Meyer Services / Business / Essentials of Word of Mouth Marketing
|Essentials of Word of Mouth Marketing||by Marty Foley|
What's the least expensive, yet at the same time, the most credible form of advertising? Yes, it's word of mouth.
Every business, either knowingly or unknowingly, generates word of mouth that is either positive - which helps build their business, or negative - which hurts it. There are even some fortunate (but relatively few) businesses that rely entirely on word of mouth to generate more business than they can handle.
How many times have you made a decision to do business with (or avoid doing business with) a certain company based on what someone else told you? Probably more than you realize or can even count.
When someone says good things about your business to someone else, it serves as a real-life testimonial, which is much more believable than when you toot your own horn by saying good things about it.
Studies have shown that the vast majority of dissatisfied customers and prospects won't voice complaints to responsible persons in a business which they've experienced some dissatisfaction with, but will quietly take their business elsewhere. And since they'll likely spread negative word of mouth about their experience to others, not only does the business lose future business from the dissatisfied customer or prospect, but also from others that may be repelled by hearing such negative word of mouth.
That doesn't have to be true in your case, however. Here are some tips on generating positive word of mouth advertising for you and your business:
1) The foundation of generating positive word of mouth is offering quality products and services. If what you offer is shoddy, you'll generate word of mouth, but it will be negative, which will hinder others from doing business with you as word gets around. You'll be shooting yourself in the foot.
Therefore you should aim to make your products and services the best they can be. Realize there is almost always room for improvement and be willing to make such improvements when reasonably possible.
2) Solicit, yes, actively seek feedback in the form of questions, comments, and even complaints from customers and prospects. View these as opportunities to improve your products, services and customer support.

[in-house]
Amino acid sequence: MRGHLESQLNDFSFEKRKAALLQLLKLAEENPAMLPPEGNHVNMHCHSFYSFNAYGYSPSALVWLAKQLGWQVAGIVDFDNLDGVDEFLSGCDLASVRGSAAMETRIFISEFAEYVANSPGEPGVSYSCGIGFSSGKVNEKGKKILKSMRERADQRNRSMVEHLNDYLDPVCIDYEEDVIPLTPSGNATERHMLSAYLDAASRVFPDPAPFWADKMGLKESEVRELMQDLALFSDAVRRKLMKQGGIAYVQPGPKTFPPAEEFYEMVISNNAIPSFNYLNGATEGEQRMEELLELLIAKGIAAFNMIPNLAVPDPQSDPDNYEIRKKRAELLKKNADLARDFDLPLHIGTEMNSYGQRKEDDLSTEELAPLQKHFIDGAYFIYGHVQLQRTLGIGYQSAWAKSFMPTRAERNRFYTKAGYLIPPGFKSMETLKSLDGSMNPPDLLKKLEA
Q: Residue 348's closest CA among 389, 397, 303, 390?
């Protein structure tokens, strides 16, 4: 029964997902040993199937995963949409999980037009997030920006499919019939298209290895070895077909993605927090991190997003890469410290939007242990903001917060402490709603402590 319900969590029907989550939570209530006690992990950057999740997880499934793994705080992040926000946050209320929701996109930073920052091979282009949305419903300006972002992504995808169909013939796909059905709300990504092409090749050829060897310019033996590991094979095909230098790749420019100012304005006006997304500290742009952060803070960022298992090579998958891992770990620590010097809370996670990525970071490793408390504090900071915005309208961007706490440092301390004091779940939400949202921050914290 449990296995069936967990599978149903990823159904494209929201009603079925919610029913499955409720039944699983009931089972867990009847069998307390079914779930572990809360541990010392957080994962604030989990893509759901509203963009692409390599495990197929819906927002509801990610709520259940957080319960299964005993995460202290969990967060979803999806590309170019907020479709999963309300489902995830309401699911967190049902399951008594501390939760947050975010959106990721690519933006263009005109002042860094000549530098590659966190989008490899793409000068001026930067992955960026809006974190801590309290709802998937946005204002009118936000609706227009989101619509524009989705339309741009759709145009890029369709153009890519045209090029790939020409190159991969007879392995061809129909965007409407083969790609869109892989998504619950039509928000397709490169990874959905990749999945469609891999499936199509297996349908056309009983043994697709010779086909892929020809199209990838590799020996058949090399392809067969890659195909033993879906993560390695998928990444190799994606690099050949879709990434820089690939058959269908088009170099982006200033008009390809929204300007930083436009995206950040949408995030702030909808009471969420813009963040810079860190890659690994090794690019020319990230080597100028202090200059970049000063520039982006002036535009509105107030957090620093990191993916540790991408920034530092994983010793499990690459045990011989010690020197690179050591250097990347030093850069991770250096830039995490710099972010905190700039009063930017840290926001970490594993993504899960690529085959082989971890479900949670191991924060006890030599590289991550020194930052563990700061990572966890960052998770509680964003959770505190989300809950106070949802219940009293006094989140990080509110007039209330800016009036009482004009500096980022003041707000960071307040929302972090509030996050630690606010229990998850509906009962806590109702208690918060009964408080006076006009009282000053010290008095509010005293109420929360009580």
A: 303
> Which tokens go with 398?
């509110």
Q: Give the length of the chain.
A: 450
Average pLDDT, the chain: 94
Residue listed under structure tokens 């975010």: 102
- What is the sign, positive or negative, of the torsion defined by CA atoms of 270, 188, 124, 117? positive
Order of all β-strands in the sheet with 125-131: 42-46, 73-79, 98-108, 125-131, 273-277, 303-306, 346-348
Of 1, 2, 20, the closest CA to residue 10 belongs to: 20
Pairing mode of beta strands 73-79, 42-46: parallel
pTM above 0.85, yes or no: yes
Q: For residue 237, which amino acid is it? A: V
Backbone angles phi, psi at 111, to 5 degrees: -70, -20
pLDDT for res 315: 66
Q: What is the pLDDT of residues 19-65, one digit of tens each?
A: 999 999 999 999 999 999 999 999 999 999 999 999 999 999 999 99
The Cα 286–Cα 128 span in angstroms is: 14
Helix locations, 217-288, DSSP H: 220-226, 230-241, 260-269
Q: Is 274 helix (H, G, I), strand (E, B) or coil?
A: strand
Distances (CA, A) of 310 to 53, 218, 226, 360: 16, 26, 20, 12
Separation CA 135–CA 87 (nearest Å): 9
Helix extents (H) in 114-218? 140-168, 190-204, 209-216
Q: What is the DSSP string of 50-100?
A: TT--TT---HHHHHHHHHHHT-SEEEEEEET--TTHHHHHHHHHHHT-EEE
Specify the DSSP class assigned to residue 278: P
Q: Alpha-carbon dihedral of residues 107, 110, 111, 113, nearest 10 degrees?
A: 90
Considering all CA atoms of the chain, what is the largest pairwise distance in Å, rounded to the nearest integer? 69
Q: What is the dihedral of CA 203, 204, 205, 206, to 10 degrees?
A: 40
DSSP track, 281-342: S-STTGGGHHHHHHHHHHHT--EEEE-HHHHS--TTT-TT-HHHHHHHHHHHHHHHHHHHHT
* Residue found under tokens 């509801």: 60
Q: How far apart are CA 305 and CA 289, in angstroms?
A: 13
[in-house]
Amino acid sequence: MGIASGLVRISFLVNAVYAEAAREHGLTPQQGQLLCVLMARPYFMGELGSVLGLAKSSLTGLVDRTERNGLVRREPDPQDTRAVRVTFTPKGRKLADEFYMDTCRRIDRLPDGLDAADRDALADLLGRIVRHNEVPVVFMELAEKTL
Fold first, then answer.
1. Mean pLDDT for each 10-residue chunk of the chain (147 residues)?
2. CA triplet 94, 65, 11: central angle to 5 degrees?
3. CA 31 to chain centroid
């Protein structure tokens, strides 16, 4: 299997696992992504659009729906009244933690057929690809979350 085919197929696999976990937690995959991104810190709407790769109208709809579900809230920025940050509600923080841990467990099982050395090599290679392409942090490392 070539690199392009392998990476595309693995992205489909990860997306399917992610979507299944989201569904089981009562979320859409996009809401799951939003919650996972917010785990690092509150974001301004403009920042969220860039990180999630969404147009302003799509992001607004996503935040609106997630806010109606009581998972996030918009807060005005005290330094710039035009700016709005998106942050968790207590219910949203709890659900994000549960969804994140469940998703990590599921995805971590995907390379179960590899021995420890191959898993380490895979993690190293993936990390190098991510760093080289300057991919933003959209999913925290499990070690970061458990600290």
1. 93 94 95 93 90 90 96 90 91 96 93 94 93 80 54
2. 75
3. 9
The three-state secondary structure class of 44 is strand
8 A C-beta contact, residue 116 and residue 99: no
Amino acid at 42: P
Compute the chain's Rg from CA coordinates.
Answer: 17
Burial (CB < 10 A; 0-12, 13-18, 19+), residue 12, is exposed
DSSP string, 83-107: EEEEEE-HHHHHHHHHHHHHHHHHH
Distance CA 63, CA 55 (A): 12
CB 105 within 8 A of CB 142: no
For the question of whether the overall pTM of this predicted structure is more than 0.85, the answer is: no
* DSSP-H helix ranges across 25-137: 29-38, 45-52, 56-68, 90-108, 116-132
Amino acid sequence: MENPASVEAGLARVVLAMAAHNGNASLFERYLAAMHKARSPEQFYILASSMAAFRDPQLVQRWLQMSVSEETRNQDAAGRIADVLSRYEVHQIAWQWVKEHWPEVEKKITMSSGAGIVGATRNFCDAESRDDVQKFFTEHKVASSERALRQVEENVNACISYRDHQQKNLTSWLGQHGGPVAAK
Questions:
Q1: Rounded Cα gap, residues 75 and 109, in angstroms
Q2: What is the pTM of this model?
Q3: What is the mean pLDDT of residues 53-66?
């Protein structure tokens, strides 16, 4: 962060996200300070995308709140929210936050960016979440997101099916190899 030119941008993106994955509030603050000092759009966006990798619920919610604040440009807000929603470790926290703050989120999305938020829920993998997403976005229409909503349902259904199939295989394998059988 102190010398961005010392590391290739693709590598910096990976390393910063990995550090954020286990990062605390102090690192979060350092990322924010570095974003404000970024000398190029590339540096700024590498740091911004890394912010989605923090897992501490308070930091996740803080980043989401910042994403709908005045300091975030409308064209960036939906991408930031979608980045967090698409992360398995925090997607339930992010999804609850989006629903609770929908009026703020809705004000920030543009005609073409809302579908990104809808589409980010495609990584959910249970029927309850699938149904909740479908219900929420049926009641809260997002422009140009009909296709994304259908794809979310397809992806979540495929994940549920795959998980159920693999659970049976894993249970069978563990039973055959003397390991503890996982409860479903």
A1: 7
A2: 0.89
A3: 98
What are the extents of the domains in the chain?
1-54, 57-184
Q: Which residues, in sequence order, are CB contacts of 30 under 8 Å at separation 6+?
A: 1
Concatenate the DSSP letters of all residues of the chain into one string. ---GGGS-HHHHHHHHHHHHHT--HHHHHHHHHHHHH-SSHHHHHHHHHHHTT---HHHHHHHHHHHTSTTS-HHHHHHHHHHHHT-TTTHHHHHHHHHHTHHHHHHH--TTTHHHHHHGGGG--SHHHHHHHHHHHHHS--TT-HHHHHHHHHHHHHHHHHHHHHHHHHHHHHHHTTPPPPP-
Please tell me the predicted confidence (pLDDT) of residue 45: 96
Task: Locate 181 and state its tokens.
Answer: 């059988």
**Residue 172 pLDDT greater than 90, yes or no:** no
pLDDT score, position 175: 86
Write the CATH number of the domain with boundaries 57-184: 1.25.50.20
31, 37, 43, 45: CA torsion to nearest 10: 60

3) Another key is delivering excellent customer service. So many business people treat customers and prospects as though they don't count for anything.
How many times have you been treated rudely by customer service personnel at a place of business? What about business people that tell you they will call you right back, or that they will send the information out to you right away, or that they will do this, that, or another thing, but consistently don't follow through on their word?
Granted, nobody's perfect. But if they practice such things consistently, you tend to believe less and less of what they tell you, like the boy who cried wolf. Will you be eager to continue doing business with them? Not likely.
Especially since repeat business is crucial to most any business, such practices - although common everyday practice - are self defeating.
4) Do your best to follow through with what you say you're going to do. Don't make unreasonable promises you know you can't keep. If something unforeseen comes up that prevents you from living up to your word, try to let the other party know about it in advance.
5) Don't just try to meet your customer's expectations. Exceed them. In other words, under-promise and over-deliver.
6) If a customer is not satisfied, take reasonable steps to try to make them happy. You might even convert a disgruntled person into one of your best word of mouth advertisers.
The above things aren't just the right thing to do; they are smart business practices.
If you (and any employees you may have) act differently than the run-of-the-mill standard, you'll stand out from the crowd, be a welcome business associate in a commonly rude and selfish business environment, and your satisfied, loyal customers will be your best form of advertising.
Article by Marty Foley of Victory Ventures. Now let his
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